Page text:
George Hunt stands sixth in Tottenham’s all time goal scorers list, is second on the hat tricks chart as well as having the second best strike ratio in our history.
Our England international, George struck 138 goals for Spurs in just 198 games, was our top scorer five seasons running including the year we won promotion, and was the top all time scorer for twenty five years.
His debut came in September 1930 but it wasn’t till the following year he became a regular when he stepped in when Ted Harper was injured. He managed five goals in eight games. His style of play was very different from Harper and Spurs just missed out on promotion.
The following season he quickly adapted to the top flight and started his goal feast. In December 1933 he recorded his only four goal haul as we beat Sheffield United 4-1. Then in the March he hit three hat tricks in six games. The first against Everton, a match he recalled as his best game in later life. He then scored a hat trick away to Newcastle (3-1) and another as we beat Leeds at home 5-1. That season he hit 35 goals (32 in the league) to go with the 36 the year before, as we finished third in the table.
George was a tough player standing just 5’8” and at ten and a half stone, he became a target for defenders but that did not stop him throwing himself into the thick of the action if he thought a goal was possible. He would chase defenders, sometimes giving away fouls but accepted the same without complain. Hence the nickname.
Throughout his career he suffered from a number of injuries but was described as working hard for the full ninety minutes and produced exciting electric dashes through defences. He had a hard shot and many of his goals came from distance.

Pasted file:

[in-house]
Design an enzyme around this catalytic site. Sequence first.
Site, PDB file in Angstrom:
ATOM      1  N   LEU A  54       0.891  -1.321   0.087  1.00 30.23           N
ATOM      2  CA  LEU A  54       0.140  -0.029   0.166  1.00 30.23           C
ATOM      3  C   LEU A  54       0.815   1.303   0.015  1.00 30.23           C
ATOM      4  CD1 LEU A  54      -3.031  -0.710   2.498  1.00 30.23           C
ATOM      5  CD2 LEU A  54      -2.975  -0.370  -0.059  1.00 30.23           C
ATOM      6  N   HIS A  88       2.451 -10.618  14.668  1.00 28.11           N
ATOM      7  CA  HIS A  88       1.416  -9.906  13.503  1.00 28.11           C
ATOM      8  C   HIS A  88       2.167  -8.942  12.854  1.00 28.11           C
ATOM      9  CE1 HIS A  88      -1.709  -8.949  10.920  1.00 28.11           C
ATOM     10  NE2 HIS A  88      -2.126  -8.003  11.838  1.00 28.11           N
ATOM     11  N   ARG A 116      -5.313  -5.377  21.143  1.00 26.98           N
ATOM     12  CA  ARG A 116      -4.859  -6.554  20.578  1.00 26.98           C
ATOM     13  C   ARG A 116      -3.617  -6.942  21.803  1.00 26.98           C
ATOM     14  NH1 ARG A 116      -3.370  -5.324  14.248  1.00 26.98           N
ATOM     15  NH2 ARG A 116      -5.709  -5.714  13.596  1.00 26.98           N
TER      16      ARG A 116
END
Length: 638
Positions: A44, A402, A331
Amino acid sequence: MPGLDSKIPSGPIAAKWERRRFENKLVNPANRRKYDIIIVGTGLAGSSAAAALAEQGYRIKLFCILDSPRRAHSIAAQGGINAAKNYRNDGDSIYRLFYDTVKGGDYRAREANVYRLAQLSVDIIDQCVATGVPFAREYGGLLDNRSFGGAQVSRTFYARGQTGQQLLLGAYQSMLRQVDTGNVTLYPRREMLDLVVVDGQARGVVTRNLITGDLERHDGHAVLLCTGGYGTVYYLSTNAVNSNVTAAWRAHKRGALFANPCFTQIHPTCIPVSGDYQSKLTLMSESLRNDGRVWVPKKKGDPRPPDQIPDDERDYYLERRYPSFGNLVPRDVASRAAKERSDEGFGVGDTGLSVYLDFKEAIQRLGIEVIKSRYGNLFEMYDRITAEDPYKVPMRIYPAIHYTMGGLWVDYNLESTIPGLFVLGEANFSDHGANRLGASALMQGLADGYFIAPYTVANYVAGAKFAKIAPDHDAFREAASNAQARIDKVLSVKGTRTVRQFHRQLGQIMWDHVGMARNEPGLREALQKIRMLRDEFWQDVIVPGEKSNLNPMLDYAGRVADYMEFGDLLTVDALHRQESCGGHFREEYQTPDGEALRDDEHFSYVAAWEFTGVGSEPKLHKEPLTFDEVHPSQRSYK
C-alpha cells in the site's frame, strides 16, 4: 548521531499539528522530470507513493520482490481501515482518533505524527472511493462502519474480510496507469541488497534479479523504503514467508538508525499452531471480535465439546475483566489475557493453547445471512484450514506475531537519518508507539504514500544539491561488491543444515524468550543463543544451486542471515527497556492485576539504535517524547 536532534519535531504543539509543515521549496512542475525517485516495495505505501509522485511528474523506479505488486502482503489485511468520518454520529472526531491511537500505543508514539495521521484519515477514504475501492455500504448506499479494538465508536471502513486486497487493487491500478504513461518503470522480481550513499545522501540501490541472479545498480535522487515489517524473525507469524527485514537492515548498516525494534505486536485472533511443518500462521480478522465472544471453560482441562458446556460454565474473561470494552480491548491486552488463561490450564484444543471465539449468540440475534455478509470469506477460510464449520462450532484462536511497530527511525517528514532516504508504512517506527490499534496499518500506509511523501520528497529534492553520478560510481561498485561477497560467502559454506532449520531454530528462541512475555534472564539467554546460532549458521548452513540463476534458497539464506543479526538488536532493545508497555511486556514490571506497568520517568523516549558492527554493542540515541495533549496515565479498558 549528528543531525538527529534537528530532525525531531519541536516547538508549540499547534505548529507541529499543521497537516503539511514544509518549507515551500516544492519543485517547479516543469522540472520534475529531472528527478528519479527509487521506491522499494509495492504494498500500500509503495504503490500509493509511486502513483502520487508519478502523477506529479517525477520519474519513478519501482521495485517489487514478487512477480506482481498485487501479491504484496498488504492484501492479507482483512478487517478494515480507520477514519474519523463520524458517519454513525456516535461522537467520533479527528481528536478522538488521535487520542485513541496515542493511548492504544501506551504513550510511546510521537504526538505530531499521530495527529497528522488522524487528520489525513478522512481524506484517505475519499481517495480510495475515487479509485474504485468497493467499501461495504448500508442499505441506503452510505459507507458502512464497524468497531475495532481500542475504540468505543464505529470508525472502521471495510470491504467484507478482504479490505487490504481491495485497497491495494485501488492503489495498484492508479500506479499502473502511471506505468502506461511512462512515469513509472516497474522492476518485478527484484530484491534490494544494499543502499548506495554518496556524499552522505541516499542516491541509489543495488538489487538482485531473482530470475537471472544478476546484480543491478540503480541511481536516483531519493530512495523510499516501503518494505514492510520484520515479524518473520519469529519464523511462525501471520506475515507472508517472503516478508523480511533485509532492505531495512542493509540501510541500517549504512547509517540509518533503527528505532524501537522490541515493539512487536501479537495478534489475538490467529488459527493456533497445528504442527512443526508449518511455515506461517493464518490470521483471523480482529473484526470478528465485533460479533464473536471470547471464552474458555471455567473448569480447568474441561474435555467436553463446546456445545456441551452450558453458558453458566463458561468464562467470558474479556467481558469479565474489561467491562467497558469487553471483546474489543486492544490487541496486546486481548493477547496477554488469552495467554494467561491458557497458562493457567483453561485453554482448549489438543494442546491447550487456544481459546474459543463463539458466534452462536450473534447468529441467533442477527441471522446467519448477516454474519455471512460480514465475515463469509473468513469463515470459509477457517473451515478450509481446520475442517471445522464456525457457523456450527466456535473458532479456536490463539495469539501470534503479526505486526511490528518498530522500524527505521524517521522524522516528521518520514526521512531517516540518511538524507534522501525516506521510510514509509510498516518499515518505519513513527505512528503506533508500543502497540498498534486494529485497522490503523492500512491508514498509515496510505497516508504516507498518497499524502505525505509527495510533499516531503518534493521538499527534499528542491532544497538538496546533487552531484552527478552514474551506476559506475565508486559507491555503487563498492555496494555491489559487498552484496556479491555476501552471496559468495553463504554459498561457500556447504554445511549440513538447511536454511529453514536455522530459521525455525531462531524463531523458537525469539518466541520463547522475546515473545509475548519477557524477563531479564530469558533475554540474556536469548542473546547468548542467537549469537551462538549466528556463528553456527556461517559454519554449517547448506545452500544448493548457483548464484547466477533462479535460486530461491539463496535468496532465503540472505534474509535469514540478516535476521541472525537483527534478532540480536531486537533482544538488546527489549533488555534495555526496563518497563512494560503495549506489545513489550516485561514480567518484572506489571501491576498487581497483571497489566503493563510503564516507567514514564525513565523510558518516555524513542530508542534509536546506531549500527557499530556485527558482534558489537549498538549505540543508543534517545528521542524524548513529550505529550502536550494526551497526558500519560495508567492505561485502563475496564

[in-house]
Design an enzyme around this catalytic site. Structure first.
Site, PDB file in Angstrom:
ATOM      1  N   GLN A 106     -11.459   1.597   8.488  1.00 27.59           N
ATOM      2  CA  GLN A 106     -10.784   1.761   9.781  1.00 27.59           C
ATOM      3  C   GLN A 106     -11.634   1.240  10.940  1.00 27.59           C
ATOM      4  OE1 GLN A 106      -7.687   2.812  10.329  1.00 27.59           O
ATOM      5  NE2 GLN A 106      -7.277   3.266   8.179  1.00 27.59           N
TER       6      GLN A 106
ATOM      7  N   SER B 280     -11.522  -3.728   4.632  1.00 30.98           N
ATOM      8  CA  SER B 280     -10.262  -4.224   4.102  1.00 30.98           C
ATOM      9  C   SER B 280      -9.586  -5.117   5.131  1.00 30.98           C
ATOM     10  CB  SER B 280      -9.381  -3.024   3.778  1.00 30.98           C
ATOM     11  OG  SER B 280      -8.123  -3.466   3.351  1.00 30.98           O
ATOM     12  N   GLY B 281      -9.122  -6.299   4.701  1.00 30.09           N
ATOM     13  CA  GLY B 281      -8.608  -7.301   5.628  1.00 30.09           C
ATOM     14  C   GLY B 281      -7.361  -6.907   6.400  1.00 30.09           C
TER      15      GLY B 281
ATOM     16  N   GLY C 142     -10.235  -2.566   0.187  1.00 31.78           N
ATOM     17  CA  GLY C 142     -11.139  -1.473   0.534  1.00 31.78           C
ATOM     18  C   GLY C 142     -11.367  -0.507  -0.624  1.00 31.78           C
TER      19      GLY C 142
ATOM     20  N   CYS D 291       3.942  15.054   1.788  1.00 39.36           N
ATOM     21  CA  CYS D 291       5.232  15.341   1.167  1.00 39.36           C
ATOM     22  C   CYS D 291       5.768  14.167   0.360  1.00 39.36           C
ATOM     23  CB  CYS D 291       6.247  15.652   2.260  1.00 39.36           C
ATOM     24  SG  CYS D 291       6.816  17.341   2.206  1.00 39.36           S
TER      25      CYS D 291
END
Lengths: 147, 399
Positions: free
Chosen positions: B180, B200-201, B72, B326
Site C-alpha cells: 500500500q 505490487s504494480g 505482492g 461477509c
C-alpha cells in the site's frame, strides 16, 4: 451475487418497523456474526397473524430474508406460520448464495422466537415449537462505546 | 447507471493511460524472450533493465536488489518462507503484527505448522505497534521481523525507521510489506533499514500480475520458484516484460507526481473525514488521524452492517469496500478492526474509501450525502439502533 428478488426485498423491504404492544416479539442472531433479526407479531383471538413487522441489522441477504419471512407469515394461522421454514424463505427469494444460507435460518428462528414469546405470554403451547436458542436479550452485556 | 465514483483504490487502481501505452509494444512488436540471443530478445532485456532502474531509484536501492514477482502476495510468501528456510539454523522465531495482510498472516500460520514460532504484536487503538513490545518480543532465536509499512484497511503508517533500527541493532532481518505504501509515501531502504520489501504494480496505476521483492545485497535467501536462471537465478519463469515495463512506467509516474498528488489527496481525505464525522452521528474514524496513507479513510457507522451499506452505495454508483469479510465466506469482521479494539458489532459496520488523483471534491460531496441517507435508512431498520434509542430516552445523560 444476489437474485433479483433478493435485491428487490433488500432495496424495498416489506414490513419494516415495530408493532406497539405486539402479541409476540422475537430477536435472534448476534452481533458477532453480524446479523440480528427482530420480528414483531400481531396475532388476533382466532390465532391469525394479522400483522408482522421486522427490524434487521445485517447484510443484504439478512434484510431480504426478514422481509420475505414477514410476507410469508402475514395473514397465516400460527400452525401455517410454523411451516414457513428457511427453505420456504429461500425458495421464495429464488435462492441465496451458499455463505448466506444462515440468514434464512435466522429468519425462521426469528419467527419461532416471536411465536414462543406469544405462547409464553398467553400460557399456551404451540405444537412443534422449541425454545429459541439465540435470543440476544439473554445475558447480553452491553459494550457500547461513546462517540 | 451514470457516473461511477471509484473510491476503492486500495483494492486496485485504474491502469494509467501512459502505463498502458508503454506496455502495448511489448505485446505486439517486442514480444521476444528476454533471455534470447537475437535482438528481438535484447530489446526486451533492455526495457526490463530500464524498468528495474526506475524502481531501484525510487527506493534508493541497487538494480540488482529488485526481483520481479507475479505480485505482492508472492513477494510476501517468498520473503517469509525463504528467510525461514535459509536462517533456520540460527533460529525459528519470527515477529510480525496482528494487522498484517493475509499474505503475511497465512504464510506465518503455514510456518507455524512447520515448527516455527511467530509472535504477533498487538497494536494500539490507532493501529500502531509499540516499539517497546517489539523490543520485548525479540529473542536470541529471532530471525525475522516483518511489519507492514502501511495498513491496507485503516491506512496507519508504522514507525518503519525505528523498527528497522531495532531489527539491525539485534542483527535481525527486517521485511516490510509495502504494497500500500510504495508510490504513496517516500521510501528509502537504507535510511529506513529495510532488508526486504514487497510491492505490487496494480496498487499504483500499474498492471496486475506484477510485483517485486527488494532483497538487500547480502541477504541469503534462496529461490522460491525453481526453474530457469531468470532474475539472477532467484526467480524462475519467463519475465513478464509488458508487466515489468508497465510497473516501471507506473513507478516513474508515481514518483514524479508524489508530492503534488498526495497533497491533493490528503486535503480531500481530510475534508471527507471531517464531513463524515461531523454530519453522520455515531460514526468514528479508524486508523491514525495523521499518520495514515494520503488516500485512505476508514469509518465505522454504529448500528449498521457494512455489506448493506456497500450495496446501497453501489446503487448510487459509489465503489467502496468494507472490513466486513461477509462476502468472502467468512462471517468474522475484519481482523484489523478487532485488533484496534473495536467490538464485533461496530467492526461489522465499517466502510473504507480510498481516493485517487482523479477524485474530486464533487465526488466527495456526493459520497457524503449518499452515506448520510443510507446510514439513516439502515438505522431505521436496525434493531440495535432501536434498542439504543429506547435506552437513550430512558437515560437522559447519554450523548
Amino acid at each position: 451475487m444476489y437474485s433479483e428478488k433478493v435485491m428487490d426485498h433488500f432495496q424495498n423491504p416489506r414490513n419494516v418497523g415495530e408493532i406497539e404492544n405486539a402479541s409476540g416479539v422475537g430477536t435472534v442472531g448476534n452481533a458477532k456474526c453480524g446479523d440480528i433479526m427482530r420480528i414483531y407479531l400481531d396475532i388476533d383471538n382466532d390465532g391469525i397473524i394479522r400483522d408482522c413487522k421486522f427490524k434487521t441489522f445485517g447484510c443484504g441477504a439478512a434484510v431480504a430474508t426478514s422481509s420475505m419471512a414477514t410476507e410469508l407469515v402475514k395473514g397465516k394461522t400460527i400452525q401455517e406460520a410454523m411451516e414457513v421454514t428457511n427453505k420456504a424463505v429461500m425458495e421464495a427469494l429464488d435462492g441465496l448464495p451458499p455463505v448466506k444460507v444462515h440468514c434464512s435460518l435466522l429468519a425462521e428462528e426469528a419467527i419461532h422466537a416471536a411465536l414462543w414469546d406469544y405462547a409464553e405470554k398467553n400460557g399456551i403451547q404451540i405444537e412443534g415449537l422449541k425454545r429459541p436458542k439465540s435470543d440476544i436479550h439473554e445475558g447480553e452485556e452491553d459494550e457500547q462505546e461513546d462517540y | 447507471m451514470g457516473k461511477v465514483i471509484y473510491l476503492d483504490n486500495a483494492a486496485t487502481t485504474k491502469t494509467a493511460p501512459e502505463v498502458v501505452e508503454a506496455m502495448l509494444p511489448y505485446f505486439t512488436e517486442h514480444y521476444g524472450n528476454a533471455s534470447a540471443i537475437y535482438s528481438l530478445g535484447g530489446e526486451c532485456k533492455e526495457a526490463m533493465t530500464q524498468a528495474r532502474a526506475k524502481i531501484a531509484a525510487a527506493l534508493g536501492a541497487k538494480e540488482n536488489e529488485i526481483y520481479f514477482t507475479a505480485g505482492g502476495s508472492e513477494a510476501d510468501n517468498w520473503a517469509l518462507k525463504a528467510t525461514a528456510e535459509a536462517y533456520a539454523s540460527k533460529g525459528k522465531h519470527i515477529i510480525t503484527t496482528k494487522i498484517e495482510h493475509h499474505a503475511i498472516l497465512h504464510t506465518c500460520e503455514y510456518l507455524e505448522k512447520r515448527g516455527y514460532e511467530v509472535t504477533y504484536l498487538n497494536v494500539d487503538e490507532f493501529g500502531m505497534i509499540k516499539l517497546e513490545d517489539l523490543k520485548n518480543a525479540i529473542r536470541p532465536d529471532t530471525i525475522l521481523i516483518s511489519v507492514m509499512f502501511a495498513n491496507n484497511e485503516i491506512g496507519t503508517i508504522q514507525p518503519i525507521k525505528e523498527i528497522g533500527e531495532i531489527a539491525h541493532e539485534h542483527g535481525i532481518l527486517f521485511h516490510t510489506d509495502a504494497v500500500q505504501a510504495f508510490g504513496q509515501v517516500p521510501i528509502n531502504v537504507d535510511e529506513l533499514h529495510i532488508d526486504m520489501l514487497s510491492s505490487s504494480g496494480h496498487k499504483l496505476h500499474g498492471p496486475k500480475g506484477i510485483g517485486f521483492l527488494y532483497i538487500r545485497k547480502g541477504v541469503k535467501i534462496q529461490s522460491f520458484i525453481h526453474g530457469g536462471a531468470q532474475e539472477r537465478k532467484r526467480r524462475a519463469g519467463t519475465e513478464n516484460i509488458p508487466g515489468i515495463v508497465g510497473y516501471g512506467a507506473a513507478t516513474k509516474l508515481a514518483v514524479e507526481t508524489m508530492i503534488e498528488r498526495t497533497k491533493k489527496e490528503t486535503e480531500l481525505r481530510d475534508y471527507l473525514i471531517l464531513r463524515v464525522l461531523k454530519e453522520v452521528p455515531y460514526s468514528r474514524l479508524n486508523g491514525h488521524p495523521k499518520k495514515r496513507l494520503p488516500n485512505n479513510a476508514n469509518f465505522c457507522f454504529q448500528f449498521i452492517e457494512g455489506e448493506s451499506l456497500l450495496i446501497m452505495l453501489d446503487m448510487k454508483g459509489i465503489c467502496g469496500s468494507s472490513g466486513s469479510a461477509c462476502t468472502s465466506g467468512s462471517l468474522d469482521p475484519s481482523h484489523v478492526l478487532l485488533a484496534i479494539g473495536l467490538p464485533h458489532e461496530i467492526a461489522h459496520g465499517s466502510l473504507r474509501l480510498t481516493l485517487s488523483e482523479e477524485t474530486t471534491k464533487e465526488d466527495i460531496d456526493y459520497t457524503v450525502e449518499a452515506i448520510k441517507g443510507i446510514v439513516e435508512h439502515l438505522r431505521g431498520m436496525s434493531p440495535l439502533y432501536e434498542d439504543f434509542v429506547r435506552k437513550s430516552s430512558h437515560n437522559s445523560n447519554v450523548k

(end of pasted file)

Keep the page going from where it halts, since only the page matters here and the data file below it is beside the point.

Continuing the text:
In 1933 he won three England caps and scored once against the Scots.
He had been born in 1910 and played for Chesterfield having been rejected by several other clubs. He had made just 14 appearances for them with nine goals when we signed him for £5,000 in 1930, at a time when Spurs were not known for spending money on large fees. Despite losing some of his pace due to injury over teh years he remained a firm favourite and it was a surprise when after seven years he was sold to Arsenal, becoming the first player to move directly to them since their move north of the river. He stayed there less than a year and later moved to Bolton where he became the trainer. His career record was 205 games with 151 goals
At Tottenham he hit 138 goals and was the clubs top scorer until over taken by Bobby Smith in 1960. He currently stands sixth in the all time list. His strike rate stands at 1.43 which is only just bettered by Jimmy Greaves (1.42). With 12 hat tricks he stands joint second in that chart with Smith and behind Greaves. George passed away aged 86 in 1996.
Above V Sunderland 1933.
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